Ackerson notes during this time of “storm and stress,” teenagers don’t intentionally look at adults as human pinball machines-enjoying pushing our buttons just to see us light up. There are other things afoot.
“They’re trying to assert their own identity, and as they’re formulating their own identity, they not just looking to their parents, now they’re looking to peers. They are far more likely to be influenced by popular culture, during these times. So, you can see a conflict of cultures and a conflict of values at this time.
This conflict of culture and values is causing some vigorous debate within the juvenile justice system. Joe Ackerson’s wife, Kimberly, specializes in forensic psychology. She evaluates juveniles to determine their mental state at the time of their crime, competence to stand trial, and whether they should be transferred to the adult judicial system.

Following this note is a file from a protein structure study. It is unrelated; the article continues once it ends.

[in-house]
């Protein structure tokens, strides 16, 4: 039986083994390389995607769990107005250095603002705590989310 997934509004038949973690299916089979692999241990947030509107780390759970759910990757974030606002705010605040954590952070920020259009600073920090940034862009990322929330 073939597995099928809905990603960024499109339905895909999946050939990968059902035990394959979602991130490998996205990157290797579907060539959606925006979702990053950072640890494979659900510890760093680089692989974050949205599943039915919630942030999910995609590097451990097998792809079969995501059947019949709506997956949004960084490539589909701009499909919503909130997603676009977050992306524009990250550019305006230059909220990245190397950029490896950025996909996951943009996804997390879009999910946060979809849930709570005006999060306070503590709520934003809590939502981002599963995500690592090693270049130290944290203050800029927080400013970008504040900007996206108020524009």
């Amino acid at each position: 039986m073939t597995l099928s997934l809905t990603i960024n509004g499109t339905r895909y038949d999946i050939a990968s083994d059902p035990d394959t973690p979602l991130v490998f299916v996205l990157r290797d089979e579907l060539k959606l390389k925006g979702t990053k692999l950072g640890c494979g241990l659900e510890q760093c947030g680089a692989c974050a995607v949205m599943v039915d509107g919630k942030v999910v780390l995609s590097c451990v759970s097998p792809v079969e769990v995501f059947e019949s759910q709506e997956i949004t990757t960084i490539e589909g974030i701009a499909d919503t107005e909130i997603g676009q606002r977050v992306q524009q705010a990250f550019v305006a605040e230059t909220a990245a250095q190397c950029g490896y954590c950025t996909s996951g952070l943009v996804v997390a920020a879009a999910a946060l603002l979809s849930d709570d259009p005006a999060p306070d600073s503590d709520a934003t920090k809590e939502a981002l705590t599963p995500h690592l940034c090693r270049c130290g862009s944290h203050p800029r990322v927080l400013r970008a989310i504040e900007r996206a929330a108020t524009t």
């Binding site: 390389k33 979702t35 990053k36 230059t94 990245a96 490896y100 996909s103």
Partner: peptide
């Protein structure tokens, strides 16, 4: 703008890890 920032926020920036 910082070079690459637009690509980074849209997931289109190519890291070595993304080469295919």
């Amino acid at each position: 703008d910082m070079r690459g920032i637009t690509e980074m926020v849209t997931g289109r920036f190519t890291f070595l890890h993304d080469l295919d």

“It’s extremely important to look at the child’s maturity and development to help understand why they may have committed this act. And, while our legal system really does not excuse behavior based on limited development, per se, I think we are remiss if we don’t take into consideration that these juveniles often commit acts as a result of physical maturity, or if you will, physical immaturity.”
Kimberly Ackerson says research on teen brain development is gaining traction among defense attorneys, prosecutors and judges. But, she says not everyone in the judicial system is onboard.
“I don’t see the equal trend of their being referred for evaluation and again, I think with the research showing so well, that these juveniles are not fully developed, that I think it’s even more important that these individuals be referred for evaluation, just so that the court can be assured that the juveniles are at a position where they can assist the attorneys, where they proceed to court and also to ensure that there was not something to help explain the offense, for which the juvenile is coming to court.”
Compounding the issue, Kimberly Ackerson says there’s an increase in juveniles with mental illness. Alabama doesn’t track these numbers, but a national study by the Virginia Policy Team found one in five juveniles in the court system have a serious mental disorder and Individual states have reported increasing rates.